Will 2021's shortages continue in 2022?

2021 will go into history as the year of shortages. Across the globe, the industrial sector found itself running out of raw materials (such as steel, plastics, and wood) as well as chips and electronic components. This situation has resulted in rising prices and longer delivery times, affecting end products — and, therefore, consumers. Now, the pressing question is, what will 2022 look like?

What has caused shortages?

The shortages the sector has had to deal with were a direct consequence of the pandemic. Although the latter started over a year and a half ago, and the world has since adapted to it, shortages have not disappeared. Why is that the case?

When COVID-19 hit, factories all over the world scaled back production capacity or even temporarily shut down, while buyers reduced their supplies. But before long, the economy seemed to recover, and demand for raw materials increased — even more than expected, as consumption shifted from services relating to tourism, hospitality, and culture to goods like construction materials for the DIY'er, office supplies for remote employees, and sports equipment for those working out at home. On top of that, there was a run on plastic disinfection equipment, cardboard disposables, personal protective equipment, and related safety items.

As most people order these products online, demand for packaging materials and the associated raw materials has gone through the roof as well.

Attempts to make the economy more sustainable have also pushed demand for raw materials to record heights: besides the shift from sustainable raw materials (such as wood and paper), there's a pressing need for scarce metals that enable the energy transition.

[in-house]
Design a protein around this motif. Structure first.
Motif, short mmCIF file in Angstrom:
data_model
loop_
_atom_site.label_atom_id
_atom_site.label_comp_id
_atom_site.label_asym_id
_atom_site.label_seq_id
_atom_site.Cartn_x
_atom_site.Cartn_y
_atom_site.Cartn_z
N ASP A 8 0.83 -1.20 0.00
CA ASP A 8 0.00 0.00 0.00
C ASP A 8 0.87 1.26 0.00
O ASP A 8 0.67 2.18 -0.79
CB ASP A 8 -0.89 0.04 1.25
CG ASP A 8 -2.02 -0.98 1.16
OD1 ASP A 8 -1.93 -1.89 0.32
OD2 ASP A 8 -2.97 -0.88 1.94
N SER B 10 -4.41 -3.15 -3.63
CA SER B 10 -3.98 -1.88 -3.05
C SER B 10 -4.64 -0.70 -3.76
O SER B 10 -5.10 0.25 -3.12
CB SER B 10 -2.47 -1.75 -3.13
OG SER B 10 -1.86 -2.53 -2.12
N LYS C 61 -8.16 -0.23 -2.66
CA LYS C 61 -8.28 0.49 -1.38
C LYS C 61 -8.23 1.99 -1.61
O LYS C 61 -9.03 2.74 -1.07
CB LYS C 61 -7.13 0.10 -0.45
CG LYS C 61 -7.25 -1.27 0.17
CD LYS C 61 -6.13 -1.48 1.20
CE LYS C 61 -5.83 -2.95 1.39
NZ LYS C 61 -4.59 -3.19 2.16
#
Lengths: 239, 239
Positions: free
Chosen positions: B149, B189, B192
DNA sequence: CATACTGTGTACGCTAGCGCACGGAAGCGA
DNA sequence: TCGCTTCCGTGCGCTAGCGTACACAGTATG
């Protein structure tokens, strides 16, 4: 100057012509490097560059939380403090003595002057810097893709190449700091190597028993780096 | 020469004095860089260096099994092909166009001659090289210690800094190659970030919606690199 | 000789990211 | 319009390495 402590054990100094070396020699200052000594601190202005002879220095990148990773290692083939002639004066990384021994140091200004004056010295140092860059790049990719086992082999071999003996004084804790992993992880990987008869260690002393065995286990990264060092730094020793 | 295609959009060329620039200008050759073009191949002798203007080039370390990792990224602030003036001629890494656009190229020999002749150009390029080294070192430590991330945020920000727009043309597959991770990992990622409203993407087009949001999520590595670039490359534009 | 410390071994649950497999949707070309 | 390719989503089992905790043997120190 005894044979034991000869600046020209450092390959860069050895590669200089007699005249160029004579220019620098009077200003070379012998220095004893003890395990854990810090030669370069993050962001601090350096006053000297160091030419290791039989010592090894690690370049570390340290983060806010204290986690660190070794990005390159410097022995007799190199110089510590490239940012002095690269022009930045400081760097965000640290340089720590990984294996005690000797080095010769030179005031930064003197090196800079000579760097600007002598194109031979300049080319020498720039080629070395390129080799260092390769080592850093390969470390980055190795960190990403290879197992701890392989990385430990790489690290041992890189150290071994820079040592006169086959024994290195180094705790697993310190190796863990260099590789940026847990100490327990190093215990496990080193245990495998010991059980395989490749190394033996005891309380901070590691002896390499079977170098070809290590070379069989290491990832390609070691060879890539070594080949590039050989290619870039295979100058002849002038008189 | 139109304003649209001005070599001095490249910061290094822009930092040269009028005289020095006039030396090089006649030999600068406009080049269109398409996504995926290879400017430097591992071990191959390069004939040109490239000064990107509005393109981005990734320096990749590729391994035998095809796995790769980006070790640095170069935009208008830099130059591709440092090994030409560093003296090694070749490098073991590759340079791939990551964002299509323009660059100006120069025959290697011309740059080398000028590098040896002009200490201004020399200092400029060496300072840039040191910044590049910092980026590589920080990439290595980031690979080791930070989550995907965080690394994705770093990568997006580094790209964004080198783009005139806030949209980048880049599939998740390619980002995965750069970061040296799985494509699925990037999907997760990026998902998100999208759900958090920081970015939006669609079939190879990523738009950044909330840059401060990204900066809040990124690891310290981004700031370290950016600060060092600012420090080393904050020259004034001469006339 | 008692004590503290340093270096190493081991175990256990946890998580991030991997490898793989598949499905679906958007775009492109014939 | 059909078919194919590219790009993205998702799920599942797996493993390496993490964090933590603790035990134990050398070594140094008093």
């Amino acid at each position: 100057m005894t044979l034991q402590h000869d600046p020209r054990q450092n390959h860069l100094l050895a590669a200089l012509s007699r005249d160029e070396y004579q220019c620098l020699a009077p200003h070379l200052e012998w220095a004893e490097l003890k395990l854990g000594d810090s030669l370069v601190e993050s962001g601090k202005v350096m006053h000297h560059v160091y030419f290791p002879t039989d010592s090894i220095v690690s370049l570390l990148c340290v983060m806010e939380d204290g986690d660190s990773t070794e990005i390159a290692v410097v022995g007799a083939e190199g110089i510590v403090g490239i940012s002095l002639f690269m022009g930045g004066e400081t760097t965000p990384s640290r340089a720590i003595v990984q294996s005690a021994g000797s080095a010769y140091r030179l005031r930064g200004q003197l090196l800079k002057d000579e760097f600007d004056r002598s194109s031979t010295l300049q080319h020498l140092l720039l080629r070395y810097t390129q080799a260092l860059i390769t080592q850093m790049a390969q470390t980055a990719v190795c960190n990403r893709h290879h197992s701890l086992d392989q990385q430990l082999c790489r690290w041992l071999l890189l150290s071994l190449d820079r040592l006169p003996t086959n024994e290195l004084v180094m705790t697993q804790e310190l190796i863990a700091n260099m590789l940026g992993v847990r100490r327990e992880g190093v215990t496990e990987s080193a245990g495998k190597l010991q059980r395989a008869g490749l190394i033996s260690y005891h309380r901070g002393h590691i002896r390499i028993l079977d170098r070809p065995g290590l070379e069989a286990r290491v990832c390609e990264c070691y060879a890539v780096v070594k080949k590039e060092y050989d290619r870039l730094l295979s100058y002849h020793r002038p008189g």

But producers of raw materials find themselves in a pickle. They can't scale production fast enough to meet rising demand. On top of that, suppliers invest little in production capacity, as they're unsure whether demand will remain at this level in our post-pandemic world. Meanwhile, the largest producer of raw materials — China — has decided to supply its domestic market first.

All these factors have contributed to the current situation, in which demand and supply of raw materials are out of balance in many markets. This results in hoarding (as people fear more shortages and higher prices) — which, in turn, continues to disturb the balance. The just-in-time principle is increasingly abandoned. Finally, the shortage of containers across the world makes it more difficult to transport raw materials, which makes for even greater shortages.

Dealing with the consequences

In the past year, raw materials have become more expensive, while the industrial sector has had to deal with longer delivery times. The Bloomberg Commodity Index, which tracks 23 energy, metals, and crop futures contracts, surpassed its 2011 peak last fall.

Usually, such developments mainly affect consumers: they see prices increase and have to wait longer for their orders to arrive (remember my co-worker Koen's card game?). But the shortage of raw materials also directly affects end product manufacturers. Prices increase at such speed that suppliers can barely pass on the additional charge to customers, which means their margins are under pressure. Moreover, if there's an insufficient supply of raw materials, they may be unable to meet demand and therefore miss out on making sales.

There is, however, an environmentally friendly side effect to shortages: circular entrepreneurship has accelerated at an unprecedented pace. Demand for circular raw materials has exploded, and recycling companies are working overtime.

2022 (and beyond): what's next?

It's difficult to make forecasts, but the shortage of raw materials will likely continue to exist in 2022 — although it might be a little less pressing than in 2021. Capacity will have scaled up, but that's not to say it can keep up with the increasing demand resulting from the continued global economic prosperity.

Prices will remain above average. For example, the World Bank expects metals to become 5% cheaper, while their prices went up nearly 50% last year.

Jeff Currie, global head of Commodities Research in the Global Investment Research Division at Goldman Sachs, even predicts a new supercycle. That means prices will remain high for years because supply structurally fails to meet demand.

So, how fast will the situation go back to normal? That depends on the raw materials available and the sector — due to the difference in and degree of root causes.